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Is it possible to get sucked down in a quagmire?

  1. Sep 9, 2014 #1
    Being an immigrant from another country (Russia in my case), I have found many things that my culture believes to be obviously true can actually be proven to be false. This particular case, though, is quite puzzling because it appears to have hard physical proofs in Russian, but seems to be shown or proven false in English.

    I'm talking about quagmires. Actually, the terminology is the first problem, because the Russian word can be variously translated as marsh, swamp, bog, moor, and more. However, the crucial part is a body of fluid that appears solid at first glance, but "sucks" a person (or any sufficiently heavy living being) in. Quagmire or mire seems to be the best translation of this aspect, though I've searched in vain to find any discussion of these online in English. In fact, the words are used figuratively in almost all cases. What tends to be discussed is quicksand.

    Now, the Russian discussion presented on many websites is as follows (I am not a physicist, so this may be a bit muddled): The mire (or whatever the appropriate term should be) is made up of a non-Newtonian fluid, or, more specifically, a Bingham plastic. It will act as a solid until enough pressure is applied, at which point it acts as a liquid. An inanimate object will not sink as far as it would in water because the buoyant force will turn the liquid back into a solid as soon as it counteracts the weight of the body enough for the pressure to diminish below the level required for the fluid to behave as a liquid. But a human, or other living being, moves continuously, with any movement increasing the downward force, which maintains enough pressure to keep the fluid directly below acting as a liquid, and thus sinking deeper and deeper. In particular, even breathing will require enough movement to sink continuously, though slowly. Assuming the mire is deep enough, it is then impossible to prevent oneself from eventually drowning, absent solid objects within reach to grab on to. The body will then not even float up to the surface, trapped in a now solid mass. So, the only recommendation offered, if the above is not an option, is to move as little as possible, not to take exaggerate breaths, and hope help will reach you before you drown.

    Now, all sources I could find in English, seem to contradict this notion. While quicksand is stated to be a non-Newtonian fluid, it is stated to be a myth that it is possible for a human to drown in it, due to it being too dense, and therefore more buoyant than water. In fact, the recommendation for someone sinking in a swamp or quicksand, seems to be to lay one's back and float up to the surface as one would in water and, in fact, to breathe deeply to aid oneself in floating up faster!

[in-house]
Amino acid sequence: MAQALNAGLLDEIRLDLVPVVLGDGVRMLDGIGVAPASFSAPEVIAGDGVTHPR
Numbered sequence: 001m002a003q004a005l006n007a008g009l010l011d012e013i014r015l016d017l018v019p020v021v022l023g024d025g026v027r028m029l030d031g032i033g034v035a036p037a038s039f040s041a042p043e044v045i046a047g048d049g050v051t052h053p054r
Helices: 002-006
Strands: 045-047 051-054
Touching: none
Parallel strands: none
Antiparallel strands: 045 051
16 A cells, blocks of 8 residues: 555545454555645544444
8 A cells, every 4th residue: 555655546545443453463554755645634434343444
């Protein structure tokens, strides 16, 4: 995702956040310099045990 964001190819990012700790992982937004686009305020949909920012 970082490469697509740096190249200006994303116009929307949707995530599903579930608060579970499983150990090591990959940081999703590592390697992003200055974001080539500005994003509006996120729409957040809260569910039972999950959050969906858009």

So, is the problem here that quicksand is not the same as a quagmire, which has different physical properties or is one version correct and the other wrong?

    I should note that sinking without a trace in a mire is not an idea foreign to English culture. "The Hound of the Baskervilles" by Arthur Conan Doyle presents such a scenario, but it is a work of fiction, so I cannot really give it any more credibility than the movies depicting drowning in quicksand, and certainly the physics of the situation are not discussed there.
     
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  3. Sep 9, 2014 #2

    phinds

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    In English, I have never heard the word quagmire used in its literal sense. One would say swamp, or bog, or quicksand or whatever was appropriate. That doesn't answer your question at all, I know. I'm just commenting on the words.
     
  4. Sep 9, 2014 #3
    Made me think of the La Brea tar pits. Unfortunately, the article doesn't clearly explain why the fossils are found at varying depths. It suggests sinking doesn't start till the decay to bone is complete, however.

    http://en.wikipedia.org/wiki/La_Brea_Tar_Pits
     
  5. Sep 9, 2014 #4

    AlephZero

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    For a long time it was real, not fictional. In historical times there were large low-lying areas in the east of England that were effectively impassable without local knowledge, because of the low level of the land and frequent flooding from tidal rivers many miles from the coast. I'm talking about an area maybe 100 miles north-south by 30 miles east-west.

    The biggest recorded "loss without trace" was in 1415, when the king managed to lose all the contents of the royal treasury and about 2000 men in a single day. Some people dispute whether it actually happened, but parts of the story are definitely factual. http://www.edp24.co.uk/norfolk-life/norfolk-history/41_king_john_s_treasure_1_214293 [Broken]

    Several of the churches in the larger towns had "lantern towers" where a fire was kept burning all night, as a inland lighthouse to guide travelers.

    This is one of the tallest, at 270 feet (80 meters). It took about 60 years to build, between 1450 to 1510. Since the surrounding land is almost perfectly flat (to within a few feet) it is visible from up to 30 miles away.
    400px-St_Botolph%27s_Boston_ext.jpg

    This is what it looks like in the far distance ...
    471St.BotolphsChurch_pic20.jpg
     
    Last edited by a moderator: May 6, 2017
  6. Sep 10, 2014 #5

    Borek

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    I have a feeling the "western" version follows sound physics, while the Russian version follows makeshift explanation invented to follow the fairy tale, not the physics itself.

    When you sunk to the point when your buoyancy keeps you on the surface, any movement will make the liquid around you soft both under, and over you, so I don't see how you can be moving only down.
     
  7. Sep 10, 2014 #6

    A.T.

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  8. Sep 10, 2014 #7

    CWatters

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    It should be very simple... If your body is denser than the quagmire you will sink. Otherwise you will float.

    However.... I find it difficult to float in water unless I breathe in and float on my back. When I breathe out I start to sink. So I reckon the question becomes.... Is there some property of the quagmire that makes it harder to breathe and maintain positive buoyancy?
     
  9. Sep 10, 2014 #8
    I finally tracked down the book that all the Russian websites on the subject seem to be quoting or paraphrasing. It is a school textbook released in 1985 in the (then) Soviet Union, and sets out out to describe physics of unusual situations. Other topics include (but are not limited to) how a bicycle can remain upright, how ice fishing is possible, and how trains can turn without derailing. I think I can follow the equations presented in the relevant chapter, but I fail to see how it follows from the equations that once a body is submerged to a point below where the buoyant force exceeds the downward force (for any reason, lets say someone pushes it in), it will not float up, but remain where it is, absent other movement (which will submerge it further).